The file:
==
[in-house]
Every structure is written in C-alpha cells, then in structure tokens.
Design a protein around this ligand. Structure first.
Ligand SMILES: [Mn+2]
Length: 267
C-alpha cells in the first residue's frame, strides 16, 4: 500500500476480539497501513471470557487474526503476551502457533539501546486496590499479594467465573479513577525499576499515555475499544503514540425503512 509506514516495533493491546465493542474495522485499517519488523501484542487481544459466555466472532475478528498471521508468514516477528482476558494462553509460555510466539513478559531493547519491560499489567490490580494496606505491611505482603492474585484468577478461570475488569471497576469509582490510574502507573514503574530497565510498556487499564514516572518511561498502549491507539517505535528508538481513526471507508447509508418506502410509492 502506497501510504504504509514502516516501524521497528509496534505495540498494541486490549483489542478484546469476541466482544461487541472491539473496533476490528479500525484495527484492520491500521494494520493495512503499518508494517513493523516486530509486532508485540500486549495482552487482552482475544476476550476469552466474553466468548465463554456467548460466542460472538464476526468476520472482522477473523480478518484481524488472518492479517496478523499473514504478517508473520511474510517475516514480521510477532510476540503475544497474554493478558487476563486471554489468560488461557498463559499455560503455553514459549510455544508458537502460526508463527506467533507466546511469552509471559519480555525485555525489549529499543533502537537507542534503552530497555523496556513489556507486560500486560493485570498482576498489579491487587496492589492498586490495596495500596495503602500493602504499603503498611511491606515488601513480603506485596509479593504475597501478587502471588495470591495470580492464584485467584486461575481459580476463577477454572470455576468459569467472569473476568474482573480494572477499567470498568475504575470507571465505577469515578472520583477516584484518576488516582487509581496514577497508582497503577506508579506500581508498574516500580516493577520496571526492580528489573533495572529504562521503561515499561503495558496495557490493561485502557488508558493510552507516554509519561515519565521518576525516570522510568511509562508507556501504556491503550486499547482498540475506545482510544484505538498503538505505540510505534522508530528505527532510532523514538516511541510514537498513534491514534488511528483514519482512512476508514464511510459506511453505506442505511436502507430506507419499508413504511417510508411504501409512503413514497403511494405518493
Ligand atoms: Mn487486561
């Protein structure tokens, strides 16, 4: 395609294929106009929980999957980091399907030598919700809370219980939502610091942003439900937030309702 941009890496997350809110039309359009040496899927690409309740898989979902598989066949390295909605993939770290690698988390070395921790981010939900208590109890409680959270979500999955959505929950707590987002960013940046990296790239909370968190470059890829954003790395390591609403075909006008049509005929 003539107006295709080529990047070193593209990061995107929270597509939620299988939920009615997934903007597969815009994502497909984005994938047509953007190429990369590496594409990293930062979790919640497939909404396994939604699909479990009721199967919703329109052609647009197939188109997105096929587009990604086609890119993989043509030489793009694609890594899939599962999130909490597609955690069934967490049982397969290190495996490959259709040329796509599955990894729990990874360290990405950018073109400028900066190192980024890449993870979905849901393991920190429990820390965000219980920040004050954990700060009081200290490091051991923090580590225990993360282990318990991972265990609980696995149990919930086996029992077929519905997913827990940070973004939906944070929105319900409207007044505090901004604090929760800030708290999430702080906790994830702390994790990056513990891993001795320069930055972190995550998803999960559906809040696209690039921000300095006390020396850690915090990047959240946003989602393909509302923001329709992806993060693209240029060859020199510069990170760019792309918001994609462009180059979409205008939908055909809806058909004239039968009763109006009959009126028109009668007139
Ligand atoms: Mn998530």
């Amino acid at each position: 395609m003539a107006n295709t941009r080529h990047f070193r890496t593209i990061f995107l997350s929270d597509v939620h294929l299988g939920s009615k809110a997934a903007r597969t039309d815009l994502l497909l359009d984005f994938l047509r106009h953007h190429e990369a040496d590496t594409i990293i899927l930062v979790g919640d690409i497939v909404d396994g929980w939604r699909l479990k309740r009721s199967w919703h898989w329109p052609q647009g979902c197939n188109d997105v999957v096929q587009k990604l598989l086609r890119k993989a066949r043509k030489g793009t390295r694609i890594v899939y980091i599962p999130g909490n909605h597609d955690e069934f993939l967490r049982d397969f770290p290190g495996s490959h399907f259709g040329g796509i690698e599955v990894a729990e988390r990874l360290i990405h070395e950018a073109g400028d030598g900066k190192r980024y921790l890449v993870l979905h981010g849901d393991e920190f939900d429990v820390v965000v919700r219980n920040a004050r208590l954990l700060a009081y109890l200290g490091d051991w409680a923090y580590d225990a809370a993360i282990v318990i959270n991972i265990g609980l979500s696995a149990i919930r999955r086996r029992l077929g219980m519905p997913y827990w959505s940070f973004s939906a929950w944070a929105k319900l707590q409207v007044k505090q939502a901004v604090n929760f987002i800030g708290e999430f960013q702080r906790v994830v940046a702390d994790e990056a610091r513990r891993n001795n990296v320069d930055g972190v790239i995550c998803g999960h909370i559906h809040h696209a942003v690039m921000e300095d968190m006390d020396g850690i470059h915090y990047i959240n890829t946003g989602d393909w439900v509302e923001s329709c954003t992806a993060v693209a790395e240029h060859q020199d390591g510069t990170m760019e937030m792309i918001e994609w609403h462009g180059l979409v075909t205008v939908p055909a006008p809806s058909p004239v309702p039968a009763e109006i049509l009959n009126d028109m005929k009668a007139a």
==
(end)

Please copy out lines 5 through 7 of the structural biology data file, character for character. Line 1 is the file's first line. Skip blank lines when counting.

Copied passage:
Length: 267
C-alpha cells in the first residue's frame, strides 16, 4: 500500500476480539497501513471470557487474526503476551502457533539501546486496590499479594467465573479513577525499576499515555475499544503514540425503512 509506514516495533493491546465493542474495522485499517519488523501484542487481544459466555466472532475478528498471521508468514516477528482476558494462553509460555510466539513478559531493547519491560499489567490490580494496606505491611505482603492474585484468577478461570475488569471497576469509582490510574502507573514503574530497565510498556487499564514516572518511561498502549491507539517505535528508538481513526471507508447509508418506502410509492 502506497501510504504504509514502516516501524521497528509496534505495540498494541486490549483489542478484546469476541466482544461487541472491539473496533476490528479500525484495527484492520491500521494494520493495512503499518508494517513493523516486530509486532508485540500486549495482552487482552482475544476476550476469552466474553466468548465463554456467548460466542460472538464476526468476520472482522477473523480478518484481524488472518492479517496478523499473514504478517508473520511474510517475516514480521510477532510476540503475544497474554493478558487476563486471554489468560488461557498463559499455560503455553514459549510455544508458537502460526508463527506467533507466546511469552509471559519480555525485555525489549529499543533502537537507542534503552530497555523496556513489556507486560500486560493485570498482576498489579491487587496492589492498586490495596495500596495503602500493602504499603503498611511491606515488601513480603506485596509479593504475597501478587502471588495470591495470580492464584485467584486461575481459580476463577477454572470455576468459569467472569473476568474482573480494572477499567470498568475504575470507571465505577469515578472520583477516584484518576488516582487509581496514577497508582497503577506508579506500581508498574516500580516493577520496571526492580528489573533495572529504562521503561515499561503495558496495557490493561485502557488508558493510552507516554509519561515519565521518576525516570522510568511509562508507556501504556491503550486499547482498540475506545482510544484505538498503538505505540510505534522508530528505527532510532523514538516511541510514537498513534491514534488511528483514519482512512476508514464511510459506511453505506442505511436502507430506507419499508413504511417510508411504501409512503413514497403511494405518493
Ligand atoms: Mn487486561